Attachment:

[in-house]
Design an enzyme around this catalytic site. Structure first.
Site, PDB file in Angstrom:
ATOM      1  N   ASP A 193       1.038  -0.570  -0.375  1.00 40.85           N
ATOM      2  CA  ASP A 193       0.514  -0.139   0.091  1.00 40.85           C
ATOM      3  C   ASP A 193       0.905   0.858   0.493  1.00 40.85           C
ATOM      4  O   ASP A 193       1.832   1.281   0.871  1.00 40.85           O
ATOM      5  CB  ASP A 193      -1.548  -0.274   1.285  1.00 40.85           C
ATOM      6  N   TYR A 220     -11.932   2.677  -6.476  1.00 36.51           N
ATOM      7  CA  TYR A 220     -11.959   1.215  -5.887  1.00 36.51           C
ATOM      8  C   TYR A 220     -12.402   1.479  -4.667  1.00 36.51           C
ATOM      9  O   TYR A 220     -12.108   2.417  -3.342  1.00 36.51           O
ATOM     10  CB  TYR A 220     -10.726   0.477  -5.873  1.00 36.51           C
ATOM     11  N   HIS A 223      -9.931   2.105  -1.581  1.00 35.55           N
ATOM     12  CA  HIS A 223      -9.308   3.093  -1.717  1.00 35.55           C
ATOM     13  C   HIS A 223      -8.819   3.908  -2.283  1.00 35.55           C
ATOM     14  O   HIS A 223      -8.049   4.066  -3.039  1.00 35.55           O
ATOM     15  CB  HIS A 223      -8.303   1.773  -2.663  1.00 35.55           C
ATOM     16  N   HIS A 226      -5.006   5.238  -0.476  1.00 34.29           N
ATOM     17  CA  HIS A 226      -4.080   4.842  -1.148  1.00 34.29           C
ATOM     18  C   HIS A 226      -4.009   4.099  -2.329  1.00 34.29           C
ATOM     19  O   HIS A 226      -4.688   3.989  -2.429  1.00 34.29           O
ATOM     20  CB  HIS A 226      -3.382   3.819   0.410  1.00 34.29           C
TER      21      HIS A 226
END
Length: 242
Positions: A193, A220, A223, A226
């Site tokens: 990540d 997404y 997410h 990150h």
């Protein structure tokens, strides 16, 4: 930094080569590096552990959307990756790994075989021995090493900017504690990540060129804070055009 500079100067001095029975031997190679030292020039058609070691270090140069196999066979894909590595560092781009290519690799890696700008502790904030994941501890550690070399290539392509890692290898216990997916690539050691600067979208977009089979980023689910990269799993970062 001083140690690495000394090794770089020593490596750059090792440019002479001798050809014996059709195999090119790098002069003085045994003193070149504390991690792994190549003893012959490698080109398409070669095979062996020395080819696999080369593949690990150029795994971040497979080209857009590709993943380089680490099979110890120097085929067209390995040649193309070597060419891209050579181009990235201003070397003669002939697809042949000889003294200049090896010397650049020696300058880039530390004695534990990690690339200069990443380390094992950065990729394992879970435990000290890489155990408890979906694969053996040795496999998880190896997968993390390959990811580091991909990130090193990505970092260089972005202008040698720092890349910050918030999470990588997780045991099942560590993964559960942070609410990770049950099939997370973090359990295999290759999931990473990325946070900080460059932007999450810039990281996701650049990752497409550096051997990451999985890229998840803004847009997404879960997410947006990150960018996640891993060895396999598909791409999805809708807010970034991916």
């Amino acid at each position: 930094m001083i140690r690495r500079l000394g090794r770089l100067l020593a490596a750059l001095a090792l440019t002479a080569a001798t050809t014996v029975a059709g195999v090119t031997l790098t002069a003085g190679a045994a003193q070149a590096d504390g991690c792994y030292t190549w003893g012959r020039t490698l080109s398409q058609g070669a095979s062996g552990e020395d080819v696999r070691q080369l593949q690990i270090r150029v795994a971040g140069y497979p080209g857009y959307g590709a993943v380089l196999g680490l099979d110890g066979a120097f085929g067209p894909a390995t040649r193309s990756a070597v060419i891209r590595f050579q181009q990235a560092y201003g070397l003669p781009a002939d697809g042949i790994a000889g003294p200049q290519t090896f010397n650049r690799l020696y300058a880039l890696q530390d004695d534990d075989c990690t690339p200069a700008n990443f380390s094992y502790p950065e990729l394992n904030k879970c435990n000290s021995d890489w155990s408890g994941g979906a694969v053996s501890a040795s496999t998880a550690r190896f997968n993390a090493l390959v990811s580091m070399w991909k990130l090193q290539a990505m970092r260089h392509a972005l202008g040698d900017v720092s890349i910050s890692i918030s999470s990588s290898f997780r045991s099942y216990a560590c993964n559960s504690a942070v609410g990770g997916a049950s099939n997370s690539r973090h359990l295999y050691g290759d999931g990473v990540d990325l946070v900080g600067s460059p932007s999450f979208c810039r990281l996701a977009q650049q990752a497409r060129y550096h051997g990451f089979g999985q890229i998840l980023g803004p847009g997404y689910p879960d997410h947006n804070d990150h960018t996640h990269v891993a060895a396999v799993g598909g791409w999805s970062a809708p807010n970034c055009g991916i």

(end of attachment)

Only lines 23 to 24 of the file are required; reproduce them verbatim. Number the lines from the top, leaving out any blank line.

ATOM     20  CB  HIS A 226      -3.382   3.819   0.410  1.00 34.29           C
TER      21      HIS A 226